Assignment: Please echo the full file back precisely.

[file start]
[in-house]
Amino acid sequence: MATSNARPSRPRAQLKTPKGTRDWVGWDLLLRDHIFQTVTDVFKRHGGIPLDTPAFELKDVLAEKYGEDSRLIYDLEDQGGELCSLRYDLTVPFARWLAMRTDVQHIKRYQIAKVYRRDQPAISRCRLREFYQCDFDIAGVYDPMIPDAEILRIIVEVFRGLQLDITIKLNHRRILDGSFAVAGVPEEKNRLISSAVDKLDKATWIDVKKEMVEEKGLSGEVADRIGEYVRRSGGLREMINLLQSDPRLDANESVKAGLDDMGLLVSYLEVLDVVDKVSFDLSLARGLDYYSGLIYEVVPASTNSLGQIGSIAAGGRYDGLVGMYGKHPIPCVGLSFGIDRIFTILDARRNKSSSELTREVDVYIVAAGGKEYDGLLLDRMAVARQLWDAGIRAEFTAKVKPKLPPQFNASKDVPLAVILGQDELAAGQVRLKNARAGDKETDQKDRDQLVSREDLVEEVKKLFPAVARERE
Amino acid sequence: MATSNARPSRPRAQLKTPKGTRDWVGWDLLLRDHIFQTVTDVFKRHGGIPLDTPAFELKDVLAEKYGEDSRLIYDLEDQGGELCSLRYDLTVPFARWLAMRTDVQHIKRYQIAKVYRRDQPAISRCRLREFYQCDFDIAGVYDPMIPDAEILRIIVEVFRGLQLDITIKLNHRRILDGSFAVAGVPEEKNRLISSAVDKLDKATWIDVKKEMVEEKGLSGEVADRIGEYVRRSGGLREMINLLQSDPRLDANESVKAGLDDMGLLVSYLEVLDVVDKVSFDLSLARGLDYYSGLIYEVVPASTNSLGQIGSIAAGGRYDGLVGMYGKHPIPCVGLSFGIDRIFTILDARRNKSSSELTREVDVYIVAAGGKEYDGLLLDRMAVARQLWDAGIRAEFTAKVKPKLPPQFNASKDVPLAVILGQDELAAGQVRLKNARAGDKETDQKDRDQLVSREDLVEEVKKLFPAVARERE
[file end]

[in-house]
Amino acid sequence: MATSNARPSRPRAQLKTPKGTRDWVGWDLLLRDHIFQTVTDVFKRHGGIPLDTPAFELKDVLAEKYGEDSRLIYDLEDQGGELCSLRYDLTVPFARWLAMRTDVQHIKRYQIAKVYRRDQPAISRCRLREFYQCDFDIAGVYDPMIPDAEILRIIVEVFRGLQLDITIKLNHRRILDGSFAVAGVPEEKNRLISSAVDKLDKATWIDVKKEMVEEKGLSGEVADRIGEYVRRSGGLREMINLLQSDPRLDANESVKAGLDDMGLLVSYLEVLDVVDKVSFDLSLARGLDYYSGLIYEVVPASTNSLGQIGSIAAGGRYDGLVGMYGKHPIPCVGLSFGIDRIFTILDARRNKSSSELTREVDVYIVAAGGKEYDGLLLDRMAVARQLWDAGIRAEFTAKVKPKLPPQFNASKDVPLAVILGQDELAAGQVRLKNARAGDKETDQKDRDQLVSREDLVEEVKKLFPAVARERE
Amino acid sequence: MATSNARPSRPRAQLKTPKGTRDWVGWDLLLRDHIFQTVTDVFKRHGGIPLDTPAFELKDVLAEKYGEDSRLIYDLEDQGGELCSLRYDLTVPFARWLAMRTDVQHIKRYQIAKVYRRDQPAISRCRLREFYQCDFDIAGVYDPMIPDAEILRIIVEVFRGLQLDITIKLNHRRILDGSFAVAGVPEEKNRLISSAVDKLDKATWIDVKKEMVEEKGLSGEVADRIGEYVRRSGGLREMINLLQSDPRLDANESVKAGLDDMGLLVSYLEVLDVVDKVSFDLSLARGLDYYSGLIYEVVPASTNSLGQIGSIAAGGRYDGLVGMYGKHPIPCVGLSFGIDRIFTILDARRNKSSSELTREVDVYIVAAGGKEYDGLLLDRMAVARQLWDAGIRAEFTAKVKPKLPPQFNASKDVPLAVILGQDELAAGQVRLKNARAGDKETDQKDRDQLVSREDLVEEVKKLFPAVARERE